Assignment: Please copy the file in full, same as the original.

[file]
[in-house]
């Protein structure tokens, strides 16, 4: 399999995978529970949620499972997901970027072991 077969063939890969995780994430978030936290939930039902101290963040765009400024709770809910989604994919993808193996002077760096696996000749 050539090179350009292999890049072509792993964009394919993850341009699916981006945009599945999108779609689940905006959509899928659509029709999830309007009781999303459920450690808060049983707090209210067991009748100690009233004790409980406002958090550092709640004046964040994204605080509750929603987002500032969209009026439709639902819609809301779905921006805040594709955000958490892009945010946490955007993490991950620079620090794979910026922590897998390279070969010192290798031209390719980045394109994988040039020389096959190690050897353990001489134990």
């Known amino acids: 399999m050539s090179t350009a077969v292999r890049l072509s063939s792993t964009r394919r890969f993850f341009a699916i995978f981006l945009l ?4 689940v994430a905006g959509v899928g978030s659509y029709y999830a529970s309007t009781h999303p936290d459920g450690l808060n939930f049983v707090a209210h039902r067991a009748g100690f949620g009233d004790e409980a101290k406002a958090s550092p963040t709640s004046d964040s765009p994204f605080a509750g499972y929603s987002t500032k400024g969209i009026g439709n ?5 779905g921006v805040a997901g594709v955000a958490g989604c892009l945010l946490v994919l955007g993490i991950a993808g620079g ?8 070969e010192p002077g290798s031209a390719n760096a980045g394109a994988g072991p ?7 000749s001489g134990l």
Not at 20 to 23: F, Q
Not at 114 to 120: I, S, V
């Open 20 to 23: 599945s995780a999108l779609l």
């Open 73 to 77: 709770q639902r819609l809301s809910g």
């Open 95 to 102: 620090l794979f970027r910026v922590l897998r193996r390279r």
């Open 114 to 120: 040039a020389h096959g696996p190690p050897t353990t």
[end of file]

[in-house]
């Protein structure tokens, strides 16, 4: 399999995978529970949620499972997901970027072991 077969063939890969995780994430978030936290939930039902101290963040765009400024709770809910989604994919993808193996002077760096696996000749 050539090179350009292999890049072509792993964009394919993850341009699916981006945009599945999108779609689940905006959509899928659509029709999830309007009781999303459920450690808060049983707090209210067991009748100690009233004790409980406002958090550092709640004046964040994204605080509750929603987002500032969209009026439709639902819609809301779905921006805040594709955000958490892009945010946490955007993490991950620079620090794979910026922590897998390279070969010192290798031209390719980045394109994988040039020389096959190690050897353990001489134990």
């Known amino acids: 399999m050539s090179t350009a077969v292999r890049l072509s063939s792993t964009r394919r890969f993850f341009a699916i995978f981006l945009l ?4 689940v994430a905006g959509v899928g978030s659509y029709y999830a529970s309007t009781h999303p936290d459920g450690l808060n939930f049983v707090a209210h039902r067991a009748g100690f949620g009233d004790e409980a101290k406002a958090s550092p963040t709640s004046d964040s765009p994204f605080a509750g499972y929603s987002t500032k400024g969209i009026g439709n ?5 779905g921006v805040a997901g594709v955000a958490g989604c892009l945010l946490v994919l955007g993490i991950a993808g620079g ?8 070969e010192p002077g290798s031209a390719n760096a980045g394109a994988g072991p ?7 000749s001489g134990l």
Not at 20 to 23: F, Q
Not at 114 to 120: I, S, V
């Open 20 to 23: 599945s995780a999108l779609l």
């Open 73 to 77: 709770q639902r819609l809301s809910g």
């Open 95 to 102: 620090l794979f970027r910026v922590l897998r193996r390279r």
């Open 114 to 120: 040039a020389h096959g696996p190690p050897t353990t």